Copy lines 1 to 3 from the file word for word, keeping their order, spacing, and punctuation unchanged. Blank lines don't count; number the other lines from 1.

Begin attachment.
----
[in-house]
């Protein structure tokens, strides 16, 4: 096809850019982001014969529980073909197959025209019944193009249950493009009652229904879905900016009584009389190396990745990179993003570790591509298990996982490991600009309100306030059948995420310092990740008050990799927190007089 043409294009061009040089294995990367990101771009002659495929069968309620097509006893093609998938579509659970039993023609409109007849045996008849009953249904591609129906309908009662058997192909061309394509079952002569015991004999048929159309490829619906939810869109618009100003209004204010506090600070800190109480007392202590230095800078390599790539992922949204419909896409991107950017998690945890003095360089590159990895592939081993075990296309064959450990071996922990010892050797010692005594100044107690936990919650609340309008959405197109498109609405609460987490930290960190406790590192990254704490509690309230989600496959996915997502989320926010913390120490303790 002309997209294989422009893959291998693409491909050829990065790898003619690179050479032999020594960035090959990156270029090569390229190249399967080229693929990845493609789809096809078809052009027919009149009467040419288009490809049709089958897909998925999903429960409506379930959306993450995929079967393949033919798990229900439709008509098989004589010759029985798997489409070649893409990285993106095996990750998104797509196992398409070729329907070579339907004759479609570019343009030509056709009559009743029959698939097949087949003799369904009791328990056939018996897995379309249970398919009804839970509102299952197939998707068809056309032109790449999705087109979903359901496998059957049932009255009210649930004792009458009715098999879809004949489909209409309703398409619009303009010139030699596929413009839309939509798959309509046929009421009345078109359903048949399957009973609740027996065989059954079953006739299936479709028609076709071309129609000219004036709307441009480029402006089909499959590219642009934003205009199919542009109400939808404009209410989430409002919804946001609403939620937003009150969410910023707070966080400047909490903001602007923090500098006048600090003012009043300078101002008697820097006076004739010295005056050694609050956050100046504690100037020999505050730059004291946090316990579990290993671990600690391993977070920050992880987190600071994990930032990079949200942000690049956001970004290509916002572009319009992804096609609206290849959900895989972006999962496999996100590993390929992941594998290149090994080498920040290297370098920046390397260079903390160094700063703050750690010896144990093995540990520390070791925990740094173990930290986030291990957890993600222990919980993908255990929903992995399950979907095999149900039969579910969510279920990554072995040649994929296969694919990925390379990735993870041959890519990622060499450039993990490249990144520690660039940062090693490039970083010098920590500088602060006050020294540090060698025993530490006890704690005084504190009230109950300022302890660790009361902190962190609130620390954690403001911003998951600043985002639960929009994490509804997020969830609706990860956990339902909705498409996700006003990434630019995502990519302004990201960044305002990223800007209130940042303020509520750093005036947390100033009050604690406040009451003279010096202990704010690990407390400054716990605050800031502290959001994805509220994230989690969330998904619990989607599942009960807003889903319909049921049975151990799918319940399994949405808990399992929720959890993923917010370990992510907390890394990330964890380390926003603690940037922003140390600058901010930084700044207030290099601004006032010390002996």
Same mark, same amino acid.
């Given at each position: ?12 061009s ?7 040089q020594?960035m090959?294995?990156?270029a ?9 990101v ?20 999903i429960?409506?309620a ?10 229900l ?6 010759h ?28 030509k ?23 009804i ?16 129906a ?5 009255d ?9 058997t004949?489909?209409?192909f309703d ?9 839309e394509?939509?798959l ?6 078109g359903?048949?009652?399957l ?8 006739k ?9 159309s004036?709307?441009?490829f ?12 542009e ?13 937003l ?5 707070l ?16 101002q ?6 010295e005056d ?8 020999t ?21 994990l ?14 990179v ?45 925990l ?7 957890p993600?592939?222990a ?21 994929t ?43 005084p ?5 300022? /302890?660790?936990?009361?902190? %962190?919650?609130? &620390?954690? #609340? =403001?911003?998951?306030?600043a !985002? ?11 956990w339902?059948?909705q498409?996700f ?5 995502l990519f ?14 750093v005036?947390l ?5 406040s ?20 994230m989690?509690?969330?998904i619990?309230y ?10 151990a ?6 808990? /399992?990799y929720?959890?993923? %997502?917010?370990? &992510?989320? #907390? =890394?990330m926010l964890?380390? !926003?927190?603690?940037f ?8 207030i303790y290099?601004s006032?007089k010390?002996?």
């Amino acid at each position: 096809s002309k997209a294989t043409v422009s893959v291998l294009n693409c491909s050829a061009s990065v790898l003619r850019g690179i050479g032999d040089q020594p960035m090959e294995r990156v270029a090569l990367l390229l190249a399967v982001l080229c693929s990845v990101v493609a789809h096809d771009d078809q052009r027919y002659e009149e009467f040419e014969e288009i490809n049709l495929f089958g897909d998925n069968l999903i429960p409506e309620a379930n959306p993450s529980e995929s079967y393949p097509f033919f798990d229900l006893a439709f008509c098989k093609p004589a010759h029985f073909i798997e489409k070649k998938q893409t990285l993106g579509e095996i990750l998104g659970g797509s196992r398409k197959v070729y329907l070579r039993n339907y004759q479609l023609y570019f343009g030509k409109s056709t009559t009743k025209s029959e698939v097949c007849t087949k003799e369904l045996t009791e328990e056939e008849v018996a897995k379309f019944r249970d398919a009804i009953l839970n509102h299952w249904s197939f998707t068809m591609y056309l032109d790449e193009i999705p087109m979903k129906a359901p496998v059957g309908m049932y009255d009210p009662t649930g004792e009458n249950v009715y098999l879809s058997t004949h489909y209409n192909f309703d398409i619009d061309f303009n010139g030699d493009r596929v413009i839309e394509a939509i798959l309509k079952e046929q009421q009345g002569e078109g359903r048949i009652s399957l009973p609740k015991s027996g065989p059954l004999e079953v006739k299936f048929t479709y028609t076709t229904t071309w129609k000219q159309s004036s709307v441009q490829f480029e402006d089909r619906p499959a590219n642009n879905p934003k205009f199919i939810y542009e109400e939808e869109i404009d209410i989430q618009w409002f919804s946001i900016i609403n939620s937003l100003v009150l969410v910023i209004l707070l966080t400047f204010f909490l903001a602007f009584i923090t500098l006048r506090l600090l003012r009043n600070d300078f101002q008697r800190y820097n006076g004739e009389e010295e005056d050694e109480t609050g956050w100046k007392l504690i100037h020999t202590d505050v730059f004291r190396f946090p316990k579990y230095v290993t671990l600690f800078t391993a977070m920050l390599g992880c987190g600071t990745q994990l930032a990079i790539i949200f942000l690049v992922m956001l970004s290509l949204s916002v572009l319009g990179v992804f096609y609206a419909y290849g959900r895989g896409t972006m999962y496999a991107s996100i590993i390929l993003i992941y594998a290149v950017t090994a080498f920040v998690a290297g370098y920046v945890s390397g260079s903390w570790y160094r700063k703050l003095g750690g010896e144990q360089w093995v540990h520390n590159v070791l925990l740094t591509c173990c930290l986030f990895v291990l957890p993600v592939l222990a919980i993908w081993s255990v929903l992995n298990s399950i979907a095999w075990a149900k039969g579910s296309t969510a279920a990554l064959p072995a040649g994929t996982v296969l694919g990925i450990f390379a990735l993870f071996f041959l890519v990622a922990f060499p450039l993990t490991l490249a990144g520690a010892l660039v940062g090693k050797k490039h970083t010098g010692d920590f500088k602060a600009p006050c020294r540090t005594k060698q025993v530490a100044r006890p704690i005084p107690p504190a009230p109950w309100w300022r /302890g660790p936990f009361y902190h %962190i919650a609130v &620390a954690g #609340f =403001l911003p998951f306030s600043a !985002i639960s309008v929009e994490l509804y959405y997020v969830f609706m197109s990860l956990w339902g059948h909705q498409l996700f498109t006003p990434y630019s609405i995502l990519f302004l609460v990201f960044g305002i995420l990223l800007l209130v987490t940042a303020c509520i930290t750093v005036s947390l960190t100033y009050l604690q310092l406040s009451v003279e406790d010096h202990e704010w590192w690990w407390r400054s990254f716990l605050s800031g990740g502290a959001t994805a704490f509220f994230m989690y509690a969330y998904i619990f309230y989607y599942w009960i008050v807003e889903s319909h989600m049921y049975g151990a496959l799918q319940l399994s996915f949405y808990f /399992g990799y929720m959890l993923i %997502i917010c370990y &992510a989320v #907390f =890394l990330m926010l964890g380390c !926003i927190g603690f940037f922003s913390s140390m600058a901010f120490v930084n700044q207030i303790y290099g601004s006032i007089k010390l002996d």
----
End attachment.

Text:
[in-house]
């Protein structure tokens, strides 16, 4: 096809850019982001014969529980073909197959025209019944193009249950493009009652229904879905900016009584009389190396990745990179993003570790591509298990996982490991600009309100306030059948995420310092990740008050990799927190007089 043409294009061009040089294995990367990101771009002659495929069968309620097509006893093609998938579509659970039993023609409109007849045996008849009953249904591609129906309908009662058997192909061309394509079952002569015991004999048929159309490829619906939810869109618009100003209004204010506090600070800190109480007392202590230095800078390599790539992922949204419909896409991107950017998690945890003095360089590159990895592939081993075990296309064959450990071996922990010892050797010692005594100044107690936990919650609340309008959405197109498109609405609460987490930290960190406790590192990254704490509690309230989600496959996915997502989320926010913390120490303790 002309997209294989422009893959291998693409491909050829990065790898003619690179050479032999020594960035090959990156270029090569390229190249399967080229693929990845493609789809096809078809052009027919009149009467040419288009490809049709089958897909998925999903429960409506379930959306993450995929079967393949033919798990229900439709008509098989004589010759029985798997489409070649893409990285993106095996990750998104797509196992398409070729329907070579339907004759479609570019343009030509056709009559009743029959698939097949087949003799369904009791328990056939018996897995379309249970398919009804839970509102299952197939998707068809056309032109790449999705087109979903359901496998059957049932009255009210649930004792009458009715098999879809004949489909209409309703398409619009303009010139030699596929413009839309939509798959309509046929009421009345078109359903048949399957009973609740027996065989059954079953006739299936479709028609076709071309129609000219004036709307441009480029402006089909499959590219642009934003205009199919542009109400939808404009209410989430409002919804946001609403939620937003009150969410910023707070966080400047909490903001602007923090500098006048600090003012009043300078101002008697820097006076004739010295005056050694609050956050100046504690100037020999505050730059004291946090316990579990290993671990600690391993977070920050992880987190600071994990930032990079949200942000690049956001970004290509916002572009319009992804096609609206290849959900895989972006999962496999996100590993390929992941594998290149090994080498920040290297370098920046390397260079903390160094700063703050750690010896144990093995540990520390070791925990740094173990930290986030291990957890993600222990919980993908255990929903992995399950979907095999149900039969579910969510279920990554072995040649994929296969694919990925390379990735993870041959890519990622060499450039993990490249990144520690660039940062090693490039970083010098920590500088602060006050020294540090060698025993530490006890704690005084504190009230109950300022302890660790009361902190962190609130620390954690403001911003998951600043985002639960929009994490509804997020969830609706990860956990339902909705498409996700006003990434630019995502990519302004990201960044305002990223800007209130940042303020509520750093005036947390100033009050604690406040009451003279010096202990704010690990407390400054716990605050800031502290959001994805509220994230989690969330998904619990989607599942009960807003889903319909049921049975151990799918319940399994949405808990399992929720959890993923917010370990992510907390890394990330964890380390926003603690940037922003140390600058901010930084700044207030290099601004006032010390002996």
Same mark, same amino acid.